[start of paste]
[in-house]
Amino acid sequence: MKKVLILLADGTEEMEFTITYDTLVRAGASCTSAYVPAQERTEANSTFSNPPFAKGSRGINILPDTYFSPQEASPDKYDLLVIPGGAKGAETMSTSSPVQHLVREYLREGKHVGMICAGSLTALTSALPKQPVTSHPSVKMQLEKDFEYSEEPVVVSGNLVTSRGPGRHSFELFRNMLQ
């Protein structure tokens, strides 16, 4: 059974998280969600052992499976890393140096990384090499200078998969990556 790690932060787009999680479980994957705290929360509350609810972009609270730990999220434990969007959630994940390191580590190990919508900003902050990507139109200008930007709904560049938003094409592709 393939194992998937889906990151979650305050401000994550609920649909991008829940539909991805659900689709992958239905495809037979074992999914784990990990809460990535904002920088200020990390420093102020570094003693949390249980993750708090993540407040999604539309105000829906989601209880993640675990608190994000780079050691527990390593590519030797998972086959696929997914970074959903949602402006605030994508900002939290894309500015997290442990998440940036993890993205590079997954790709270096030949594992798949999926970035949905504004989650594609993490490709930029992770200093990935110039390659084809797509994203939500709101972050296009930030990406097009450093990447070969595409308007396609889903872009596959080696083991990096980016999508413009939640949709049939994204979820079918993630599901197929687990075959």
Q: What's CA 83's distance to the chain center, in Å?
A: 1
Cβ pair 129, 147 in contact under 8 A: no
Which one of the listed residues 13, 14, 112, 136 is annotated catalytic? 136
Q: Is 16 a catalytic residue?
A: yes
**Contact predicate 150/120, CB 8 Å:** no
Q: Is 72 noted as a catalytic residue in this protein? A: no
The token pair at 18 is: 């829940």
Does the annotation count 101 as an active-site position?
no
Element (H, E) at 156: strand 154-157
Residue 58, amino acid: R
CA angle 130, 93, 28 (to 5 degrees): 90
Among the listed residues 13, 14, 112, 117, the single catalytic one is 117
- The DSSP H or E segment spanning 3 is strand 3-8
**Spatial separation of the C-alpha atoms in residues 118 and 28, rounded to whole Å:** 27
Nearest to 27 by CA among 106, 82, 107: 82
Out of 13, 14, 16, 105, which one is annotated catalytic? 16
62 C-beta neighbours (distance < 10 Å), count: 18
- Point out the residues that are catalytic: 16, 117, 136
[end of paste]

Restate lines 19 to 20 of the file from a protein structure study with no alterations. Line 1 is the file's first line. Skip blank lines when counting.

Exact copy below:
- The DSSP H or E segment spanning 3 is strand 3-8
**Spatial separation of the C-alpha atoms in residues 118 and 28, rounded to whole Å:** 27